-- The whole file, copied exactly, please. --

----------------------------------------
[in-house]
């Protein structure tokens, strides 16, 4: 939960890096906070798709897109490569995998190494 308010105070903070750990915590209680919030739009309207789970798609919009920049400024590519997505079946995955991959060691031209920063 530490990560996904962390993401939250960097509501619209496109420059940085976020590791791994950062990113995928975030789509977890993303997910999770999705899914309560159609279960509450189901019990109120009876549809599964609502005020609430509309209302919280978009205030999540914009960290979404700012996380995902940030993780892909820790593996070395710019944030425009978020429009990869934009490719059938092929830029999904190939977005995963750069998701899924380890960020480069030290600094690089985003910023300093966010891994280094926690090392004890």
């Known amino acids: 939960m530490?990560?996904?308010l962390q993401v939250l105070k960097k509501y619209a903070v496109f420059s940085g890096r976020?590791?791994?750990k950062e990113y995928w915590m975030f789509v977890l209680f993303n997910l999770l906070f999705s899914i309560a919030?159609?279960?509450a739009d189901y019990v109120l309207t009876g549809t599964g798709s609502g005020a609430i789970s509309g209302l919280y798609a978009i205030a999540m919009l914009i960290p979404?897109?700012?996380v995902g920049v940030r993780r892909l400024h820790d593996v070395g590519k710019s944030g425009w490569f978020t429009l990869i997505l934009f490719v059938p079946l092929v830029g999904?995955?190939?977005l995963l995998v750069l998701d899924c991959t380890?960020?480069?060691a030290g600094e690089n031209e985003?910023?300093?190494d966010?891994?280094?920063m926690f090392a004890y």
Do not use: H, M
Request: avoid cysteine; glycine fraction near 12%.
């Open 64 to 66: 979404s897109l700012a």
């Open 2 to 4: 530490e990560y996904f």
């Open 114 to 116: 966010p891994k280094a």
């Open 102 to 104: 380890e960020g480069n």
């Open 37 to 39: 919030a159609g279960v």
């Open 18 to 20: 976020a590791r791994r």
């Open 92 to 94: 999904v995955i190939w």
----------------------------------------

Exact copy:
[in-house]
């Protein structure tokens, strides 16, 4: 939960890096906070798709897109490569995998190494 308010105070903070750990915590209680919030739009309207789970798609919009920049400024590519997505079946995955991959060691031209920063 530490990560996904962390993401939250960097509501619209496109420059940085976020590791791994950062990113995928975030789509977890993303997910999770999705899914309560159609279960509450189901019990109120009876549809599964609502005020609430509309209302919280978009205030999540914009960290979404700012996380995902940030993780892909820790593996070395710019944030425009978020429009990869934009490719059938092929830029999904190939977005995963750069998701899924380890960020480069030290600094690089985003910023300093966010891994280094926690090392004890």
């Known amino acids: 939960m530490?990560?996904?308010l962390q993401v939250l105070k960097k509501y619209a903070v496109f420059s940085g890096r976020?590791?791994?750990k950062e990113y995928w915590m975030f789509v977890l209680f993303n997910l999770l906070f999705s899914i309560a919030?159609?279960?509450a739009d189901y019990v109120l309207t009876g549809t599964g798709s609502g005020a609430i789970s509309g209302l919280y798609a978009i205030a999540m919009l914009i960290p979404?897109?700012?996380v995902g920049v940030r993780r892909l400024h820790d593996v070395g590519k710019s944030g425009w490569f978020t429009l990869i997505l934009f490719v059938p079946l092929v830029g999904?995955?190939?977005l995963l995998v750069l998701d899924c991959t380890?960020?480069?060691a030290g600094e690089n031209e985003?910023?300093?190494d966010?891994?280094?920063m926690f090392a004890y």
Do not use: H, M
Request: avoid cysteine; glycine fraction near 12%.
């Open 64 to 66: 979404s897109l700012a």
């Open 2 to 4: 530490e990560y996904f």
């Open 114 to 116: 966010p891994k280094a």
């Open 102 to 104: 380890e960020g480069n």
């Open 37 to 39: 919030a159609g279960v």
């Open 18 to 20: 976020a590791r791994r």
């Open 92 to 94: 999904v995955i190939w």